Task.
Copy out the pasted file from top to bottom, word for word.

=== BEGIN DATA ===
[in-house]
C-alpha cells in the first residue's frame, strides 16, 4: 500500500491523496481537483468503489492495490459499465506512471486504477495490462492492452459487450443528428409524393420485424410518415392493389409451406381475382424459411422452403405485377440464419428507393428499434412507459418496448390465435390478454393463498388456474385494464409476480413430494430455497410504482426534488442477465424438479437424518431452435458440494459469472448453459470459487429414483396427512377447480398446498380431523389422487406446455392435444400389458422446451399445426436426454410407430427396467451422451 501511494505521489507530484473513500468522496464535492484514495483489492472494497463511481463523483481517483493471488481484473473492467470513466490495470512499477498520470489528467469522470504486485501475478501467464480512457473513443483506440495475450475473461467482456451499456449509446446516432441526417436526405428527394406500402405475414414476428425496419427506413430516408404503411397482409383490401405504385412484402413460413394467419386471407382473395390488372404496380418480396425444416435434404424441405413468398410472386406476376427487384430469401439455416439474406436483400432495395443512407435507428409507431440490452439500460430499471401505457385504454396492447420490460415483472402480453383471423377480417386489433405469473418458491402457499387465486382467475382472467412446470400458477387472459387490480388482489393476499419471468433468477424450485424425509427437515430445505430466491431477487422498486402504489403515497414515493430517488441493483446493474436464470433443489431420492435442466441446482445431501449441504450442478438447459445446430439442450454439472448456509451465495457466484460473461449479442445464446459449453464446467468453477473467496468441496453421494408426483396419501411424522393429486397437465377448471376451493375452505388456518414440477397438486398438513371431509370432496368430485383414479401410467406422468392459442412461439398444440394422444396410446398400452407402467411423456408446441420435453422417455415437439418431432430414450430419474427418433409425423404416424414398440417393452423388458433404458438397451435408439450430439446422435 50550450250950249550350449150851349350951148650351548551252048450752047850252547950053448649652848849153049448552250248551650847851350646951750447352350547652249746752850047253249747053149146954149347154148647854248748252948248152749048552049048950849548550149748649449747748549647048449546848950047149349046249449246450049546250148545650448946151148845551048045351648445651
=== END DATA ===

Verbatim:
[in-house]
C-alpha cells in the first residue's frame, strides 16, 4: 500500500491523496481537483468503489492495490459499465506512471486504477495490462492492452459487450443528428409524393420485424410518415392493389409451406381475382424459411422452403405485377440464419428507393428499434412507459418496448390465435390478454393463498388456474385494464409476480413430494430455497410504482426534488442477465424438479437424518431452435458440494459469472448453459470459487429414483396427512377447480398446498380431523389422487406446455392435444400389458422446451399445426436426454410407430427396467451422451 501511494505521489507530484473513500468522496464535492484514495483489492472494497463511481463523483481517483493471488481484473473492467470513466490495470512499477498520470489528467469522470504486485501475478501467464480512457473513443483506440495475450475473461467482456451499456449509446446516432441526417436526405428527394406500402405475414414476428425496419427506413430516408404503411397482409383490401405504385412484402413460413394467419386471407382473395390488372404496380418480396425444416435434404424441405413468398410472386406476376427487384430469401439455416439474406436483400432495395443512407435507428409507431440490452439500460430499471401505457385504454396492447420490460415483472402480453383471423377480417386489433405469473418458491402457499387465486382467475382472467412446470400458477387472459387490480388482489393476499419471468433468477424450485424425509427437515430445505430466491431477487422498486402504489403515497414515493430517488441493483446493474436464470433443489431420492435442466441446482445431501449441504450442478438447459445446430439442450454439472448456509451465495457466484460473461449479442445464446459449453464446467468453477473467496468441496453421494408426483396419501411424522393429486397437465377448471376451493375452505388456518414440477397438486398438513371431509370432496368430485383414479401410467406422468392459442412461439398444440394422444396410446398400452407402467411423456408446441420435453422417455415437439418431432430414450430419474427418433409425423404416424414398440417393452423388458433404458438397451435408439450430439446422435 50550450250950249550350449150851349350951148650351548551252048450752047850252547950053448649652848849153049448552250248551650847851350646951750447352350547652249746752850047253249747053149146954149347154148647854248748252948248152749048552049048950849548550149748649449747748549647048449546848950047149349046249449246450049546250148545650448946151148845551048045351648445651